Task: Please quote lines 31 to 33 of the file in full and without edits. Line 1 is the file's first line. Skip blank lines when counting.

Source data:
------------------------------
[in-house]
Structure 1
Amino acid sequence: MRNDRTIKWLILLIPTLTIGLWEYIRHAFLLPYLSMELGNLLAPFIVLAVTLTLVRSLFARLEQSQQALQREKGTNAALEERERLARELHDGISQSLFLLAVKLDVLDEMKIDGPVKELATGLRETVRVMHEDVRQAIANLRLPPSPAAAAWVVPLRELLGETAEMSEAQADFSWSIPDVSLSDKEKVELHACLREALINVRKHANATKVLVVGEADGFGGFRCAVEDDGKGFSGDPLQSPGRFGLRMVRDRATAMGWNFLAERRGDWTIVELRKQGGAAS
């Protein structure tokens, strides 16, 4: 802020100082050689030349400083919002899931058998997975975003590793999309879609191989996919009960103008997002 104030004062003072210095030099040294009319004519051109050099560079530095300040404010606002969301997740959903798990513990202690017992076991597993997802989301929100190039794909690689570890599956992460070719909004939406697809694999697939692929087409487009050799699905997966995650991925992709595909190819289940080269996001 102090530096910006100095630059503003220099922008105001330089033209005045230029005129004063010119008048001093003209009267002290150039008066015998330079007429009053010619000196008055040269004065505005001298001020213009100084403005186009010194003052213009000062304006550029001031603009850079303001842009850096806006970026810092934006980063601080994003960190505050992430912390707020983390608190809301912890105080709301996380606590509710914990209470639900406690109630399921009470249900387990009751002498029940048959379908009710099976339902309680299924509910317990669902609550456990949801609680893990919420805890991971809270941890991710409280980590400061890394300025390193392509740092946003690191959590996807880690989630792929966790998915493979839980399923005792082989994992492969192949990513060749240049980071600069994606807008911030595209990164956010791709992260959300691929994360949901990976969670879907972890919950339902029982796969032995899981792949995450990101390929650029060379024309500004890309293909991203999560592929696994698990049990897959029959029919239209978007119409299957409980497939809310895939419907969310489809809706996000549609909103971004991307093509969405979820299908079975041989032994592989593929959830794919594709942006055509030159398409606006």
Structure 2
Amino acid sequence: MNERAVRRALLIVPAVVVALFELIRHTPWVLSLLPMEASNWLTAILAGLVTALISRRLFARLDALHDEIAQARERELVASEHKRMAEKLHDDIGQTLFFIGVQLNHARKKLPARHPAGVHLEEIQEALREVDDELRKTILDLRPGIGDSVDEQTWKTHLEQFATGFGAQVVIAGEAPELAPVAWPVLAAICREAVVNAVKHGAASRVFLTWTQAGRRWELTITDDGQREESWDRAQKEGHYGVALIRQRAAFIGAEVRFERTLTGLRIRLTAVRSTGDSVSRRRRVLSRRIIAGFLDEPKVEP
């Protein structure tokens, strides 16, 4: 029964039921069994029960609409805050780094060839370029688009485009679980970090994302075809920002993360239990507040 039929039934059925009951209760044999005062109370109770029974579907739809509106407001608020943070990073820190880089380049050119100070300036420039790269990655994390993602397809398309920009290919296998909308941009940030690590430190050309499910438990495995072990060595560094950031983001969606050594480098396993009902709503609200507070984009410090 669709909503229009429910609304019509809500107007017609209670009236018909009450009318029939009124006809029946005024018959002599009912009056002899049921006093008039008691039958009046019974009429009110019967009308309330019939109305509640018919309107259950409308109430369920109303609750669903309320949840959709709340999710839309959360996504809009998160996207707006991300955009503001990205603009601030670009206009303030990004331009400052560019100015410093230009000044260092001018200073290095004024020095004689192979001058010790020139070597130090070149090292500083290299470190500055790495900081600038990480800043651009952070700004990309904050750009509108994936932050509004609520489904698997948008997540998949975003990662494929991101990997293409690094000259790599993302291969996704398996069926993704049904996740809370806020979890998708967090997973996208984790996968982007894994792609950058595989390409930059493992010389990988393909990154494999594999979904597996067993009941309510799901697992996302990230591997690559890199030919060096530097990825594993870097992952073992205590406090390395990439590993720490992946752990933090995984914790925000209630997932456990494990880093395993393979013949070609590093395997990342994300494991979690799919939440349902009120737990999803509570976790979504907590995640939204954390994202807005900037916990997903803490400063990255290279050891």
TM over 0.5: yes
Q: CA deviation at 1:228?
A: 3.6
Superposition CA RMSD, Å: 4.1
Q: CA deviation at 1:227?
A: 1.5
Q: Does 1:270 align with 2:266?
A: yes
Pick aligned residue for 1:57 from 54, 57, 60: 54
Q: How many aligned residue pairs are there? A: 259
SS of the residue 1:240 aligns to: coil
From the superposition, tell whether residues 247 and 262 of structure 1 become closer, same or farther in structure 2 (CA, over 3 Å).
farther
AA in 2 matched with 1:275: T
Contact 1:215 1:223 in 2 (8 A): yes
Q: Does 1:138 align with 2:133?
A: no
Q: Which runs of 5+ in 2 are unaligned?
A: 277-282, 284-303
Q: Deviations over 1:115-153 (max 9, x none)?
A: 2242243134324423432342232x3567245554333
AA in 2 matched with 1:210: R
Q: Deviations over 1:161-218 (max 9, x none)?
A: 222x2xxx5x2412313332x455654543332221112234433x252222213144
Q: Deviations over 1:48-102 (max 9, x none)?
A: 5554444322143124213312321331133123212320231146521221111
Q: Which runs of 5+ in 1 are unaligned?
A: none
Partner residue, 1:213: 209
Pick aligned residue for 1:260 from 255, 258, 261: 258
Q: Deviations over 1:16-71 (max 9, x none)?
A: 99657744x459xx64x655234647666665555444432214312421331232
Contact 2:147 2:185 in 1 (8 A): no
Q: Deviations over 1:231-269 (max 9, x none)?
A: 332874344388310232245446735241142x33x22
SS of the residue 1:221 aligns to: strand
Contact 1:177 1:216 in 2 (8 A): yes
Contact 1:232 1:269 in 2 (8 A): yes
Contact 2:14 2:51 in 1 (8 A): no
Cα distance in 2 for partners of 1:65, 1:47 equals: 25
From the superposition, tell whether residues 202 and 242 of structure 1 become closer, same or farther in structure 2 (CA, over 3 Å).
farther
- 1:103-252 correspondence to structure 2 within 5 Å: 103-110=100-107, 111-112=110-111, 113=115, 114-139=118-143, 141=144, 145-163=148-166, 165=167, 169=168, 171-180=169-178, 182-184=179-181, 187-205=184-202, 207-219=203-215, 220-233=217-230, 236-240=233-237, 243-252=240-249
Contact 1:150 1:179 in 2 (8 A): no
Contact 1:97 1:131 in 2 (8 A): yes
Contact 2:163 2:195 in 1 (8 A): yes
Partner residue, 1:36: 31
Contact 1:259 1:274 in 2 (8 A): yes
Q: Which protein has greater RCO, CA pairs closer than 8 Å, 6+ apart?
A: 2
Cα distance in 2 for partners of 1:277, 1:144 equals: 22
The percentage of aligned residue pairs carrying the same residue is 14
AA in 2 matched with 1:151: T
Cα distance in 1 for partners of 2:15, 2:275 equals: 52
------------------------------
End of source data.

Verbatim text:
A: 222x2xxx5x2412313332x455654543332221112234433x252222213144
Q: Deviations over 1:48-102 (max 9, x none)?
A: 5554444322143124213312321331133123212320231146521221111